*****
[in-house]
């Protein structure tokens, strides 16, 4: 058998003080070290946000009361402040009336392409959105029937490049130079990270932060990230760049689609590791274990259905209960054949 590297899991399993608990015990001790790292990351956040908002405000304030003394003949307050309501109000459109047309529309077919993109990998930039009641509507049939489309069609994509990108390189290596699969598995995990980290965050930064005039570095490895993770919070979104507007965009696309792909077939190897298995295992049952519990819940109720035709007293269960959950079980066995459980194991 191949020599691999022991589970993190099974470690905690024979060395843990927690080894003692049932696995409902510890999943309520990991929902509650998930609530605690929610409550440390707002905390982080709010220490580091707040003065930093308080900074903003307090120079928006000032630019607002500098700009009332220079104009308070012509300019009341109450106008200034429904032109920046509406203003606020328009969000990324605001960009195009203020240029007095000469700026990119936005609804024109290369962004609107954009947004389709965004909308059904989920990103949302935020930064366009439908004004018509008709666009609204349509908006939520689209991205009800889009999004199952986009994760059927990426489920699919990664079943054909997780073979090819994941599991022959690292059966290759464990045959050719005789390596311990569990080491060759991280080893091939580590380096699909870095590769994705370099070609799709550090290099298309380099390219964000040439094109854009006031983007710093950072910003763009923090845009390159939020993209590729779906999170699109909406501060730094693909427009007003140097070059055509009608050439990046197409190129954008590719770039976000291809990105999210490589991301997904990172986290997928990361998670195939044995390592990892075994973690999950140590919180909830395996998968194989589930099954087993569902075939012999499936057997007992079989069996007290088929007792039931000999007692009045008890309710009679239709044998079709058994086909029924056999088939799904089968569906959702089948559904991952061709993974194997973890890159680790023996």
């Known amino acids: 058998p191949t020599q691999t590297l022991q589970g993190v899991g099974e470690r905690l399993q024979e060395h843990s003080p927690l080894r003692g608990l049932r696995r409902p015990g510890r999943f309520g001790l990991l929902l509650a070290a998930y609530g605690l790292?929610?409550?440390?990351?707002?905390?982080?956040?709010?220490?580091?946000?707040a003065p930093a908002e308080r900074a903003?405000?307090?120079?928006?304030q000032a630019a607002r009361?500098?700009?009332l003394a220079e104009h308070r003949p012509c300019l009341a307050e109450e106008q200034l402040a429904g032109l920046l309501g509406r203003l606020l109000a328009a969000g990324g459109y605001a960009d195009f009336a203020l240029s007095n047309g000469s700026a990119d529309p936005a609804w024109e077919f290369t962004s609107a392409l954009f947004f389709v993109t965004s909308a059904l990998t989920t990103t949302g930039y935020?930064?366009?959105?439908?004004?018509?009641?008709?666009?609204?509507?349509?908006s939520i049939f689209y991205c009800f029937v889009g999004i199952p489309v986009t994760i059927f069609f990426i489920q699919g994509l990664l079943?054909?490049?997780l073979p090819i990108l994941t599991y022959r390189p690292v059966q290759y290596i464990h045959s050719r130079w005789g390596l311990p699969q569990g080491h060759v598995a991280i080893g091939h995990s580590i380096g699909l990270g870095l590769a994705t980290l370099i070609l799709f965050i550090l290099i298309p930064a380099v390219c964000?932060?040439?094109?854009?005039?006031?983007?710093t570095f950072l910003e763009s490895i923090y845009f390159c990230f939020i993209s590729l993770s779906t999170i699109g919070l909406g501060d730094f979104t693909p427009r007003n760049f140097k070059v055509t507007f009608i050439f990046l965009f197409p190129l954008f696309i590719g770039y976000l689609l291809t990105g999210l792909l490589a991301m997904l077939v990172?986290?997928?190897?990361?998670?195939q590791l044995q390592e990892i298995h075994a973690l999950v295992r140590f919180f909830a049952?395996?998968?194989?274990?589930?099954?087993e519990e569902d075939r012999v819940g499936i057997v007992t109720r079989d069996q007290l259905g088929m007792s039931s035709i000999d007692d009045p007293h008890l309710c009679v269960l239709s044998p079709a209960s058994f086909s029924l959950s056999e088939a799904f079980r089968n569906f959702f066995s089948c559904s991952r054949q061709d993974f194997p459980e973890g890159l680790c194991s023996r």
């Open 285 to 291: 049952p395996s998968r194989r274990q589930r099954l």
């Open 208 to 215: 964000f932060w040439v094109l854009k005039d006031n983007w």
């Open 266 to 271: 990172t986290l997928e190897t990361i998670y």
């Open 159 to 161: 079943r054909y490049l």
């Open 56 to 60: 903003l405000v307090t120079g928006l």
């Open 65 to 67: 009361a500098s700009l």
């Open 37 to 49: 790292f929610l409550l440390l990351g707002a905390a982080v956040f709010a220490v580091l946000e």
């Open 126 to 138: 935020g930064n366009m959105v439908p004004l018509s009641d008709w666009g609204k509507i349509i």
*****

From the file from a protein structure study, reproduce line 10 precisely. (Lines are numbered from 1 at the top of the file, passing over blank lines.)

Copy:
């Open 37 to 49: 790292f929610l409550l440390l990351g707002a905390a982080v956040f709010a220490v580091l946000e």